CG: My guides wanted me to see more of their country, to learn more about their history and culture, things that made them proud of their country.
I visited Kaesong, the cultural historical birthplace of Korea, the home of the Koryo dynasty. I love history, so it was fascinating to see things that were 1000-1200 years old. I was also given a tour of the birthplace of Kim Il Sun, which holds as much honor to them as we would view Mount Vernon.
I traveled to Panmunjom, which is the actual border between north and south (not the demilitarized zone). DPRK soldiers escorted me right up to the border itself. And I saw the building where the UN and Allied troops met with the DPRK leaders and where they signed the armistice. Everything was there just as if the meeting took place yesterday! I even sat in the chair where the UN negotiators sat to work out the deal.
Feed the Children: What were some aspects of your time in North Korea that surprised you this time?
CG: Even after visiting once, I didn’t realize how many preconceived notions I had about North Korea. I was very humbled by that, as I had considered myself to be fairly balanced and open-minded.
Probably what surprised me the most was the level of criticism directed towards American NGOs. I had expected there would be such towards the U.S. goverment, but it’s pretty evident that they don’t think much of the arrogance and tactics of American NGOs and visitors.
Unfortunately, the perception of the “Ugly American” is still very much alive internationally, with our seeming belief that we have all the answers and can solve all the world’s problems. Yet they can just as clearly see that we have our own issues and sins as well. I reiterated over and over that we would not be there to be critical and judgmental, we would always be respectful guests and partners.
Feed the Children: What are your hopes for Feed the Children’s relationship with North Korea in the future?
CG: Working in North Korea is very much a step-by-step process, as we continue to work hard to establish credibility and trust, both ways. Kim Jung Un recently visited an orphanage himself, and was quoted as saying, “Children are the king of this country.” That statement clearly highlights that the North Korean leaders really do want to help their children, but just need help to do so. Our response – a second shipment of Vitameal arrives into North Korea this week, with the next container to be shipped at the end of the month. These shipments cost us $5,000 per container, so if you look at it from a per serving basis, that’s less than 3 cents per meal. It’s such a small cost for making a huge impact on the future of so many children!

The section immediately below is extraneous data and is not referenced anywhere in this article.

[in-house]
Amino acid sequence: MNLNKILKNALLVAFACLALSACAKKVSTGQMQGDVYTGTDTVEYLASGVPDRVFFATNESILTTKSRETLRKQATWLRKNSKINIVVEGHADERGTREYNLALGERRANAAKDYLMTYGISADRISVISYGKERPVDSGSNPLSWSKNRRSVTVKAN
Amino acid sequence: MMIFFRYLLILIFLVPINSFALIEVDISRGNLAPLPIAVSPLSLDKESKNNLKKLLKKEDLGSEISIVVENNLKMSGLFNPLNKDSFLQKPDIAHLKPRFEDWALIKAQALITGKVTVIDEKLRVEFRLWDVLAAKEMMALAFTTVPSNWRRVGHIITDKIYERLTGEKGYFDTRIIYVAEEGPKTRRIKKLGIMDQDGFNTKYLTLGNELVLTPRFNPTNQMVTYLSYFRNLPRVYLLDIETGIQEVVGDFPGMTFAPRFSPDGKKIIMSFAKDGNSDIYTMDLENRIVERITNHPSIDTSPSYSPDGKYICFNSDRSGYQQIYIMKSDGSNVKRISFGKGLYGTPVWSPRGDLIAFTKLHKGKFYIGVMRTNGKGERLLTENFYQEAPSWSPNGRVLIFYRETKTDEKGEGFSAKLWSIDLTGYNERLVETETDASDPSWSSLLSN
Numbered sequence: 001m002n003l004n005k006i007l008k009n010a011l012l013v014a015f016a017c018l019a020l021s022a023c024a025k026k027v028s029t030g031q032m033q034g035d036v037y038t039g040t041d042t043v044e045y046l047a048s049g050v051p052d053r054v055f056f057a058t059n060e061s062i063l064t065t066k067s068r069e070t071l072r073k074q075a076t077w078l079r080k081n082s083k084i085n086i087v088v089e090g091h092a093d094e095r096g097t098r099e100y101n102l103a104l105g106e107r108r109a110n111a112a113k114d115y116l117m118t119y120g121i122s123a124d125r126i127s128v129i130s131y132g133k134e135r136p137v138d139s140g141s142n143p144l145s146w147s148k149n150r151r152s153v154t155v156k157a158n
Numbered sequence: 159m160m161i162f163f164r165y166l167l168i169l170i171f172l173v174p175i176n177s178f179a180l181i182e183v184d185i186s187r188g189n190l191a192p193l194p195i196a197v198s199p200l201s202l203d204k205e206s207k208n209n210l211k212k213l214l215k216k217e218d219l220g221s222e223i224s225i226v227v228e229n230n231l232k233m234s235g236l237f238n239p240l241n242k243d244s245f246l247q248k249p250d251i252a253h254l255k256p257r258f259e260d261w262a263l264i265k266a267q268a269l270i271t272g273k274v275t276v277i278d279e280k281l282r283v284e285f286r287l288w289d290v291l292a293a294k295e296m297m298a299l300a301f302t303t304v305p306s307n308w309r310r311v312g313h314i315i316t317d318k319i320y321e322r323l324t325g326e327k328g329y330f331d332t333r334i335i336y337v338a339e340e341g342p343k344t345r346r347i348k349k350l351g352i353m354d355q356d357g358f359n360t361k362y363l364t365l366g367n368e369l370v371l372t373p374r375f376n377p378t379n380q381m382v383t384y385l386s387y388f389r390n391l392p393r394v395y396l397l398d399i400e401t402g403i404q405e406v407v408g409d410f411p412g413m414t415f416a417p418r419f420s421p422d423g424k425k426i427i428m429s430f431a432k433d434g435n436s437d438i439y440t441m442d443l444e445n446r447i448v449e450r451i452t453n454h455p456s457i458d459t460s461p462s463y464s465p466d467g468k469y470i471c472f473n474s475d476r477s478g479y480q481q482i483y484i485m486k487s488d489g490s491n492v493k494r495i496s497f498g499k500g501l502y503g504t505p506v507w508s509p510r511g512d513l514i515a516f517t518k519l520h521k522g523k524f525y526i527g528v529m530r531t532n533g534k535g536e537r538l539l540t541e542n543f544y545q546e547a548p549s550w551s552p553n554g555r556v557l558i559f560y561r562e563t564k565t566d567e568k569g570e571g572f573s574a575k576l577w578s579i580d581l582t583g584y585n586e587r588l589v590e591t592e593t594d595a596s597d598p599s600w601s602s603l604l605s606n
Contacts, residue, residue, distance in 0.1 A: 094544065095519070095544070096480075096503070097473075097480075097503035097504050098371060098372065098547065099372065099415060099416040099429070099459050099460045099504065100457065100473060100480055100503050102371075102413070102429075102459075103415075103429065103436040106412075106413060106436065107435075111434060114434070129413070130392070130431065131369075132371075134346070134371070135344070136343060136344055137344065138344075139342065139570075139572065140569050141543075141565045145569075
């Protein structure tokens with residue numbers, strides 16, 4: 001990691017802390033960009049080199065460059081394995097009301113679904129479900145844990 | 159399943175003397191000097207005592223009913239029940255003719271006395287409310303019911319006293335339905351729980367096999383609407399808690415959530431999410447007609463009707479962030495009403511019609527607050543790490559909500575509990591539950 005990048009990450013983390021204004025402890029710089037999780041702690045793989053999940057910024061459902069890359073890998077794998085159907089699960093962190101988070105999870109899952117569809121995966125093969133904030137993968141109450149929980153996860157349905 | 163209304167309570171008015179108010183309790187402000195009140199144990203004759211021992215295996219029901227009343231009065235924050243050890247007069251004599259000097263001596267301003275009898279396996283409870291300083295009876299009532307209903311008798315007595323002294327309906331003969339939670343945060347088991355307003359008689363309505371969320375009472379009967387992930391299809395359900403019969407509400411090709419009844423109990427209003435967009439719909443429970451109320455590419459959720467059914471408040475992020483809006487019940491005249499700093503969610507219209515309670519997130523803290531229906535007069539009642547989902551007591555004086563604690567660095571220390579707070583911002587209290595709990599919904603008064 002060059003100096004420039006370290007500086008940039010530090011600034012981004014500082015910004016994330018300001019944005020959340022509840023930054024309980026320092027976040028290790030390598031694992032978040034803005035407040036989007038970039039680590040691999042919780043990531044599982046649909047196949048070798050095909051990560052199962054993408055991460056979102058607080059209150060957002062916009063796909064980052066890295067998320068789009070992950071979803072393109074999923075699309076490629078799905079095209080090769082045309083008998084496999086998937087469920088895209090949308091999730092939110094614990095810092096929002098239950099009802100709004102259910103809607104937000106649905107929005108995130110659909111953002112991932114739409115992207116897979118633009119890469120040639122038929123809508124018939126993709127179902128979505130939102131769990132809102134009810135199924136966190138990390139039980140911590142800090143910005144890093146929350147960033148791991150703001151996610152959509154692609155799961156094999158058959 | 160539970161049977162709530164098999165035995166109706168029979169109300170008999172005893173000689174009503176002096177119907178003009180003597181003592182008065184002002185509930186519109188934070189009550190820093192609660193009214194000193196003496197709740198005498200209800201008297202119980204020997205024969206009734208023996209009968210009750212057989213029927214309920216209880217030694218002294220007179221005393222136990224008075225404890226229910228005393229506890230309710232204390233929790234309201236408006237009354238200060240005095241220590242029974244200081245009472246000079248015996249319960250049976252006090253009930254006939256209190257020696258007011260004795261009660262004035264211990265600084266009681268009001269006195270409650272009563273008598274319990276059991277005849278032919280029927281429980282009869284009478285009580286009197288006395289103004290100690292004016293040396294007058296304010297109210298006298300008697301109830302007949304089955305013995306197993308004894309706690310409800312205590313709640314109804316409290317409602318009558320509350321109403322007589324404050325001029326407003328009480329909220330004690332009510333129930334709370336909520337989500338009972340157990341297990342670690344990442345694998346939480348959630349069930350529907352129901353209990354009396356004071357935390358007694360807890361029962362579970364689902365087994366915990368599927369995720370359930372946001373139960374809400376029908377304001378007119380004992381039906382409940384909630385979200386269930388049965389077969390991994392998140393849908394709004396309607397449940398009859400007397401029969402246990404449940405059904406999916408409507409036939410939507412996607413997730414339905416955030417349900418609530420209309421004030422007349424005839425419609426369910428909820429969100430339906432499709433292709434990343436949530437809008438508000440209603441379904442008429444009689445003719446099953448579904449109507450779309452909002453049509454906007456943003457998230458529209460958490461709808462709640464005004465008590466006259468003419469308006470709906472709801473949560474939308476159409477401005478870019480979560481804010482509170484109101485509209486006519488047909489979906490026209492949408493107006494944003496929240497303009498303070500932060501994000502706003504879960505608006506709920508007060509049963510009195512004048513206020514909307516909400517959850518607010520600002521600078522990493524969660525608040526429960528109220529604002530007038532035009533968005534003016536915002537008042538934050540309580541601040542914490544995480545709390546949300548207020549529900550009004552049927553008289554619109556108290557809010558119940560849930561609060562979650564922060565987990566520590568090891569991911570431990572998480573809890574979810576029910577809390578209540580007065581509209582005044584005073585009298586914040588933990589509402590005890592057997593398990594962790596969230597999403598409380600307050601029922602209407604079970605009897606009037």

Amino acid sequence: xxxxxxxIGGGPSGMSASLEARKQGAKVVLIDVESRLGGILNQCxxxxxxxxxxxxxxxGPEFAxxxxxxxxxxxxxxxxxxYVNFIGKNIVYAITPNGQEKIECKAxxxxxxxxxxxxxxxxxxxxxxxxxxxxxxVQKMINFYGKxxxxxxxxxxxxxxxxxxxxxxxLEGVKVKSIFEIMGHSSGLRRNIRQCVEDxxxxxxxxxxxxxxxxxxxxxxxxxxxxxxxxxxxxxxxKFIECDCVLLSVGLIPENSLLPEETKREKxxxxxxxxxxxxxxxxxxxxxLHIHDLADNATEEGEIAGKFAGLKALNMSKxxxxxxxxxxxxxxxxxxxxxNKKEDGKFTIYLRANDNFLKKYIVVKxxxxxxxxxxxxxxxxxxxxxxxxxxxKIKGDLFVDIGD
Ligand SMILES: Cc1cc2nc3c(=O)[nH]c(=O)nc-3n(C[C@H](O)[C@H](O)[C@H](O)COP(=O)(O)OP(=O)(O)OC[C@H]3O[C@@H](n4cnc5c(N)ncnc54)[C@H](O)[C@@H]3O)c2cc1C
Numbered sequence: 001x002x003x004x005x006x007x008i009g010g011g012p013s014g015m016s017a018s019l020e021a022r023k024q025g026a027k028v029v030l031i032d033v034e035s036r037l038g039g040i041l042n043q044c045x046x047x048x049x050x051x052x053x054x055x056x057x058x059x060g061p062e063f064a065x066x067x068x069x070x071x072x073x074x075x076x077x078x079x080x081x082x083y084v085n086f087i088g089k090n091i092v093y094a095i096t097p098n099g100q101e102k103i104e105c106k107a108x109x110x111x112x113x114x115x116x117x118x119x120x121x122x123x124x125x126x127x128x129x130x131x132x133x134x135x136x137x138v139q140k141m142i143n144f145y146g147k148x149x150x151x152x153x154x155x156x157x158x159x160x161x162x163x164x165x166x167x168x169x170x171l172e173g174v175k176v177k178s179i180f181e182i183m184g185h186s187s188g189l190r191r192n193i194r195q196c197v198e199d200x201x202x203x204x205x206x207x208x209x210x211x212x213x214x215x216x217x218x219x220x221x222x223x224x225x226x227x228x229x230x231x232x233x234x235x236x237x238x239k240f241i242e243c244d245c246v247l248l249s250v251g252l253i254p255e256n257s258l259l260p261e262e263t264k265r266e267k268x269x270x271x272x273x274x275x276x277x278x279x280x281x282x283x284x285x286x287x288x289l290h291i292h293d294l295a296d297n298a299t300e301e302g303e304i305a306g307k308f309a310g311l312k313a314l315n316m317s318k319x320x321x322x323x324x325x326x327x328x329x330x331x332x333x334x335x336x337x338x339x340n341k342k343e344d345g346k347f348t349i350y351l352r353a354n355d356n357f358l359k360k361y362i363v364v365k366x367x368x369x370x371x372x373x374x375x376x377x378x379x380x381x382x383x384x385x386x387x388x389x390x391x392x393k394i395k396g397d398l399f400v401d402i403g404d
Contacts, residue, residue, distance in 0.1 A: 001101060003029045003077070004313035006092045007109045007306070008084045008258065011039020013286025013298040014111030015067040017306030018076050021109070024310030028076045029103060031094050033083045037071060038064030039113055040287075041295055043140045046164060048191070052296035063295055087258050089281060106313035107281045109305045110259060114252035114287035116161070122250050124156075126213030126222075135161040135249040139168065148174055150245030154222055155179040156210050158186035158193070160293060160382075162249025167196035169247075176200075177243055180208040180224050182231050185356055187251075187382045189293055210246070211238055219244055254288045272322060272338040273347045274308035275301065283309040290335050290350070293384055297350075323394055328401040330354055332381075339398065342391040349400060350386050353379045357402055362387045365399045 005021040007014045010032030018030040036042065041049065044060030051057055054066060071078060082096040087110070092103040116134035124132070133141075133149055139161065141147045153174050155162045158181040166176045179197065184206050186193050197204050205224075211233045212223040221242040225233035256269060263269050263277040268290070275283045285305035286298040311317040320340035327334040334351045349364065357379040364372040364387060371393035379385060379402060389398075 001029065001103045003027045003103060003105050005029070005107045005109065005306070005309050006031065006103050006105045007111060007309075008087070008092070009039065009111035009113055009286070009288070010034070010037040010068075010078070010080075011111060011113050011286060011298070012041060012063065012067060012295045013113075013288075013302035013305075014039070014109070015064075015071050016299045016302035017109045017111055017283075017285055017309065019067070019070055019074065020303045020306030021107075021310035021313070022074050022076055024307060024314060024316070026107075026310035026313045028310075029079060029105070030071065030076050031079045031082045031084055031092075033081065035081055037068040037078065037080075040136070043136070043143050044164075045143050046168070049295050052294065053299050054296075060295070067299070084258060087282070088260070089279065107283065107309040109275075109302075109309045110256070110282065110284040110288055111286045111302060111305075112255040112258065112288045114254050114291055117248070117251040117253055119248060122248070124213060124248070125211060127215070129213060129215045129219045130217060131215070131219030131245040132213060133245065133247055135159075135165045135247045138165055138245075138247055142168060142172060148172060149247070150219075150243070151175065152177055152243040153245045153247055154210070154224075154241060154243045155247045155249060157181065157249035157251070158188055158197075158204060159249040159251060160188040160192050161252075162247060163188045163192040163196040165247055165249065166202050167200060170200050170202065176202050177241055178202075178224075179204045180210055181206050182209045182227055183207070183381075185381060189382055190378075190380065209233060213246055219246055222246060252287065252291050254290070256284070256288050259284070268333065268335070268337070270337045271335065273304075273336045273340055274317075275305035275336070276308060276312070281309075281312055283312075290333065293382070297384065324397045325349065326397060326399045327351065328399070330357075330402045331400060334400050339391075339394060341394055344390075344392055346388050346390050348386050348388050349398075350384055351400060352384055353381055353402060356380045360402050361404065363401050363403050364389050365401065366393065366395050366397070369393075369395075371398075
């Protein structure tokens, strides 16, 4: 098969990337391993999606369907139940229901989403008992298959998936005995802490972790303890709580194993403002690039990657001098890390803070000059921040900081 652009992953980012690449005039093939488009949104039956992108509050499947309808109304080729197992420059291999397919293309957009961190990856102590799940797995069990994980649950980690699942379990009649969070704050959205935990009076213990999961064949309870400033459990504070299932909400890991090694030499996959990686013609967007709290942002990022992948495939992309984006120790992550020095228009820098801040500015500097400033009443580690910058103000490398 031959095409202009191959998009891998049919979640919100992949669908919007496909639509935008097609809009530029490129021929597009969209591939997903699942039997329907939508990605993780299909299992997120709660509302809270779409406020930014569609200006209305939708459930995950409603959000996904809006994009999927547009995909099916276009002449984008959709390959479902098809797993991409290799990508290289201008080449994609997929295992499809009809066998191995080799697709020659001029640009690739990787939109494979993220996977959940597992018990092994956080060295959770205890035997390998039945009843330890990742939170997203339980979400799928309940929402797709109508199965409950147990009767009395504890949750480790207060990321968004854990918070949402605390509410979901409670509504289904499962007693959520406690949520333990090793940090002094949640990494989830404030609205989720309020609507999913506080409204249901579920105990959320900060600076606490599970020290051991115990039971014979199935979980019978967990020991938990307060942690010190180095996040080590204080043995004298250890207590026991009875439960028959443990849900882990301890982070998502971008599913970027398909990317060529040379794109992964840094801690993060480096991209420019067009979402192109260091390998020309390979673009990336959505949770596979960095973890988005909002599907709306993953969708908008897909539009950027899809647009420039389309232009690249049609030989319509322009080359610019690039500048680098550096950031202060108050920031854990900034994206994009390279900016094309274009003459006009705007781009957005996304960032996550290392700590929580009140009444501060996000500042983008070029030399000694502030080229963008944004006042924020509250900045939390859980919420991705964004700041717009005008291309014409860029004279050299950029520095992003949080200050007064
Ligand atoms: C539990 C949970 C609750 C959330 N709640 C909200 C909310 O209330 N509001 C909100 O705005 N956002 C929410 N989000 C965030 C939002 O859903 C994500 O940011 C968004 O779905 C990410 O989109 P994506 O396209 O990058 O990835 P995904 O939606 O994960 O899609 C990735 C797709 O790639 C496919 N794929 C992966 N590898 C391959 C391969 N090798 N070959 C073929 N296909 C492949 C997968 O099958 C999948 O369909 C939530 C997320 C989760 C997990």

Beyond providing food, the North Korean officials have already authorized us to begin bringing into the country deworming medicines and Vitamin A, as we look to expand our work to focus on the health of the children. As funding continues to be available, we are looking forward to a long-term relationship with our North Korean partners, expanding the type of products we can send to help more kids.
To help futher this work, I will be traveling to South Korea this week, where I will be meeting with a number of potential board members and supporters and moving forward with the launch of Feed the Children Korea. Our office in Seoul will direct our programmatic work in South Korea, as well as help support the work in North Korea. Our goal is to have our office up and running by the end of the year, and I hope to return to North Korea in December.